Wayne Rosen isn’t giving up.
The prominent developer, whose latest housing project isn’t getting traction on the Homestead City Council’s dais, is taking matters into his own hands.
With hopes of pressuring council members, residents of Keys Gate subdivisions are backing Rosen by way of an online petition.
On the table? Having the council overturn a decision made by Homestead’s planning and zoning board and allow him to go forward on rezonings to build single-family homes near a beer warehouse, speedway and airbase. In exchange, Rosen would pledge to renovate the rundown Keys Gate Golf and Country Club.
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“I learned Friday evening that Mr. Rosen has withdrawn his application for zone variances that he had submitted to the city of Homestead,” said Keys Gate delegate Ted Moscynski Jr. in an email to his neighbors. Rosen, who had the item on an upcoming City Council agenda, pulled out after a Miami Herald article was published and the council was not happy.
“He believes he has only three votes, which is not enough for passage of his request,” Moscynski Jr. added, asking residents to target and contact council members who have shown opposition to Rosen’s proposal.
So far, the petition — calling on the council to approve all of Rosen’s rezoning requests — has gathered 489 names, nearly half of the goal of 1,000. It’s unclear whether all who have signed are Homestead residents.
“Just do it,” said resident Dan Bard, who signed. The online petition asserts that upon the council’s OK, homeowners will in exchange get “a championship golf course” that will spur new jobs, tourism, and increase property values.
Last month, Rosen promised the Keys Gate community he would at last improve the golf course — a shuttered, overgrown expanse he owns in the city’s southeast section. That promise came two months after he angrily vowed to let the golf course “go brown.”
That vow surfaced after Rosen endured a measure of ridicule after a news article reported that he had asked Homestead for $3.5 million in federal anti-poverty dollars to improve the country club. And that the City Council had given its OK.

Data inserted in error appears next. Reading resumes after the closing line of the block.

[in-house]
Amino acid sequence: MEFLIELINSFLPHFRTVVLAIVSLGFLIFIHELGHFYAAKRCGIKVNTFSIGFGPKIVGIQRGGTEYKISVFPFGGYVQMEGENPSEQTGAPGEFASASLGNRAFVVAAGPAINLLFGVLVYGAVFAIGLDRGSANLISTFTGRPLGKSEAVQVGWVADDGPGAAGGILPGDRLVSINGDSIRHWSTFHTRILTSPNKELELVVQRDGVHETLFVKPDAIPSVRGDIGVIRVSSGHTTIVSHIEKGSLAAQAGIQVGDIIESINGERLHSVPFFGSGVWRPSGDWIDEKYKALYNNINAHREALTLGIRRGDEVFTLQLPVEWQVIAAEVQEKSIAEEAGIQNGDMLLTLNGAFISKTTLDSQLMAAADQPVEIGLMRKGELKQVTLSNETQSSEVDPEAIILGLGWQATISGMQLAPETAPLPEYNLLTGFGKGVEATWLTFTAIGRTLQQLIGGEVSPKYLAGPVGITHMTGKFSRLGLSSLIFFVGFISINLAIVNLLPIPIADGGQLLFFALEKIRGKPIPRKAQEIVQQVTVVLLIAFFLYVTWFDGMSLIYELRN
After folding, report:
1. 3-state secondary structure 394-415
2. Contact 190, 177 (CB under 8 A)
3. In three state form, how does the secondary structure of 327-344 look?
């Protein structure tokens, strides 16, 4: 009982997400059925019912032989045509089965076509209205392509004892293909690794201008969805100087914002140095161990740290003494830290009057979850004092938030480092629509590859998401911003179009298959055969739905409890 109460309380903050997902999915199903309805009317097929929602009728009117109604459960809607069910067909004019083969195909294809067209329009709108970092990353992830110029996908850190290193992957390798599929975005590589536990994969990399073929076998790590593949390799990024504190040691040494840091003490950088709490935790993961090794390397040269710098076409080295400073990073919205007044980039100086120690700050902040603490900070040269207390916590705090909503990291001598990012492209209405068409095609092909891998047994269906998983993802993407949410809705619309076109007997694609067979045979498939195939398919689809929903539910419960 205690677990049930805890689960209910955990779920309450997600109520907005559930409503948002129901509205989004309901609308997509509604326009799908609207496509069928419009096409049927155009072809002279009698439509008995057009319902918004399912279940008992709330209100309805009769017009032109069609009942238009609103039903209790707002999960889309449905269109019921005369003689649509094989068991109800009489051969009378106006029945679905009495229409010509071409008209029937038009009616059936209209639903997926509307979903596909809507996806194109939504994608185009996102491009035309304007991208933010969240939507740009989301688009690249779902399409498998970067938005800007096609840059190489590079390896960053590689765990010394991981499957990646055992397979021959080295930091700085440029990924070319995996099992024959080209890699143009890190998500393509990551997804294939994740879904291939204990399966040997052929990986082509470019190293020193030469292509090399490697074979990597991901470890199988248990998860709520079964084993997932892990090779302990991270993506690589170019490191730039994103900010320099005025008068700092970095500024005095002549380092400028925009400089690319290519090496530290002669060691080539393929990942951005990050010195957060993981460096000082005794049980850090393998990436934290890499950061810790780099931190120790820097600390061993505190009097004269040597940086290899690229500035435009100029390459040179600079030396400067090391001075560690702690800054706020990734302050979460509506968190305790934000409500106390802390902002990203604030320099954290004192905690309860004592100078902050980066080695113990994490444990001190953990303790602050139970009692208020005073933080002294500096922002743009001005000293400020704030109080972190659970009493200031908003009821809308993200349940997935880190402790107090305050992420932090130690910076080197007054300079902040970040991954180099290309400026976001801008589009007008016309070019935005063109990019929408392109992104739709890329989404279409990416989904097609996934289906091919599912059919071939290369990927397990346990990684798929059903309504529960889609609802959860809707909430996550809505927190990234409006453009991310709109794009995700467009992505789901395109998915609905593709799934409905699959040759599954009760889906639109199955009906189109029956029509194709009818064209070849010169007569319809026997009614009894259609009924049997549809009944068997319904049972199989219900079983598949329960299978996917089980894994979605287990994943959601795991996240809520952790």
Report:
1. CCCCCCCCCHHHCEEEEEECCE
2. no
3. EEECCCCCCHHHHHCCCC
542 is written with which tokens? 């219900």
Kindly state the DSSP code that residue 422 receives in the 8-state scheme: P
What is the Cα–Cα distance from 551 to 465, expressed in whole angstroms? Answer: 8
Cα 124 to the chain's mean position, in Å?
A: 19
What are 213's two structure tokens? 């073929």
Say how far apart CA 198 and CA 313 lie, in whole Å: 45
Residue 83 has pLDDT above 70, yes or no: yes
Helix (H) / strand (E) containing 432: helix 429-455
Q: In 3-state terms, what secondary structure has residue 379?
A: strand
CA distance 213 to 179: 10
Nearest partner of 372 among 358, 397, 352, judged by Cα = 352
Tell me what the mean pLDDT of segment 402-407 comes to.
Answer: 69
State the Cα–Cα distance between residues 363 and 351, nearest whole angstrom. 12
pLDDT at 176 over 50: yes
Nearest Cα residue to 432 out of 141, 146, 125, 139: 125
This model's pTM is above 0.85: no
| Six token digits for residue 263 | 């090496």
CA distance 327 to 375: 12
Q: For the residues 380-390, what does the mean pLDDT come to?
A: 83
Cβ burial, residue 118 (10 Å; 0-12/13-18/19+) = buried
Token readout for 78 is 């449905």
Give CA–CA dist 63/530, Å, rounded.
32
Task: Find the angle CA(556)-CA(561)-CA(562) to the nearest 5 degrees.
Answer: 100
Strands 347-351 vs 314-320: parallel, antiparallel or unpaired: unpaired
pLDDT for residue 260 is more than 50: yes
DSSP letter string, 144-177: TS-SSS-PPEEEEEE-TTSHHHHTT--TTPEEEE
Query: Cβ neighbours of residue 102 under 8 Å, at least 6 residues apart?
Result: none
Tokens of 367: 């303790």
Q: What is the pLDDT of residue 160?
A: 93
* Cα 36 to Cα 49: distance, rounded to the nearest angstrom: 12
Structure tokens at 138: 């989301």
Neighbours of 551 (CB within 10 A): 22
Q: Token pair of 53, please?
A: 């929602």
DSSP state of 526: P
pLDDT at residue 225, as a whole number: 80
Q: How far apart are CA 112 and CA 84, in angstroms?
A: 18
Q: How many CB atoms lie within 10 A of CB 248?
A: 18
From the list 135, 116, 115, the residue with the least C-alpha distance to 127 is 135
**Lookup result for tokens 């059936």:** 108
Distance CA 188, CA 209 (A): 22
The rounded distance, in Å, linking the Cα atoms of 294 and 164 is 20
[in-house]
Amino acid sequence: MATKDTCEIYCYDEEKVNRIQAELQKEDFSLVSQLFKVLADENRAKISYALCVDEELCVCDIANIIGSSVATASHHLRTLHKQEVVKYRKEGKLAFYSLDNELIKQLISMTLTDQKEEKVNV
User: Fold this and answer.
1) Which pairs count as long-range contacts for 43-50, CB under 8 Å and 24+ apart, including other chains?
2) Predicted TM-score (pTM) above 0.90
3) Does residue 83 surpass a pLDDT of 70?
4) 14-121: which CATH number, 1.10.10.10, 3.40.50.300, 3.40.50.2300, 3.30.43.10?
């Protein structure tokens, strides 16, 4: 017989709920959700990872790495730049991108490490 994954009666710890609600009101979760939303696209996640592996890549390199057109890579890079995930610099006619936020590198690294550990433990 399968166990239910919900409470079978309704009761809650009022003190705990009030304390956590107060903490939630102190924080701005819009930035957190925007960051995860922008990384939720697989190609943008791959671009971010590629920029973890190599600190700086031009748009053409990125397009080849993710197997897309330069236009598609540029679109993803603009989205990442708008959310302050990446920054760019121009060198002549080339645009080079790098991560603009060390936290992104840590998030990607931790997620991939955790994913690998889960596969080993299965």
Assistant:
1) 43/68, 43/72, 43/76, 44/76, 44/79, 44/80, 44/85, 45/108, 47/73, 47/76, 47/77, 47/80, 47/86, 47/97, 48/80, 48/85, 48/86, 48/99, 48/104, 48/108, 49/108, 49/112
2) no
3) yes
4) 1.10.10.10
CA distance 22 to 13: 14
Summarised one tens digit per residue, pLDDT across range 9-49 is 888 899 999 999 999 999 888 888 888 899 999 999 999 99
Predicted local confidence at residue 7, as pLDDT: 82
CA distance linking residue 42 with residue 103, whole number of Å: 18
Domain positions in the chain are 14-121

That story in the Miami Herald led to blistering blog items and a critical piece on The Daily Beast website about well-to-do people using public money meant for the poor. Rosen said his young daughter read the items and asked him why he was doing that. Stung by the criticism, the developer told the city to keep its money — which would have come in the form of a low-interest loan.
Two months later, Rosen was back and promising to fix up the golf course after all. But the the promise came with a condition—that the council overturn a decision made by Homestead’s planning and zoning board. Rosen’s plan calls for:
▪ Taking about 11.4 acres off the perimeter of the course and using the land to extend the backyards of surrounding homes that would soon be built. The rezoning would also allow for more homes. Jim Fazio, the designer who would potentially be rehabilitating the course, says the extra acres aren’t needed for the golf course redesign and that using them that way would be “a waste of land.”
▪ Rezoning about 20-plus acres in the Park of Commerce, just east of Kingman Road and south of Canal Drive. That land is adjacent to a Budweiser warehouse and less than a mile from the hazard zones of the Homestead Air Reserve Base and the Homestead Speedway.
Right now, the land is zoned as “industrial.” Rosen wants it rezoned to “mixed-use,” which would allow for a blend of commercial and residential buildings, although Rosen has suggested making it all single-family homes.
Across the street from the Budweiser warehouse lie 36 acres that are currently zoned for school use. Miami Arts Charter School occupies nine of those acres. Rosen is asking to change the remaining 27 acres to mixed-use.
The online petition asserts that upon the council’s OK, homeowners will in exchange get “a championship golf course” that will spur new jobs, tourism, and increase property values.
Rather than tap the city’s $3.5 million in community development block grant money, Rosen said the $12 million needed to revamp the Keys Gate Golf and Country Club at 2300 Palm Dr. would come from his and his brother’s pockets.
Councilman Jon Burgess said proposals “should come in as individual requests, not as this one big ball of yarn that’s being unraveled.
“One at a time,” Burgess said. “The golf course shouldn’t even be a question in this, it should be a completely separate matter. That’s not proper, to put the threat on the people like that. I have issues with that.”
Councilwoman Patricia Fairclough said she was in favor of Rosen’s proposal because it would result in a renovated golf course.
“There are a lot of benefits of bringing it back,” she said. “I will do everything that I can to support the golf course coming to the City of Homestead. I think we have to come to a consensus with [Rosen’s proposal]. I’m sure if we work together, there will be a potential path for it.”
The item will be up for discussion on Wednesday, March 16.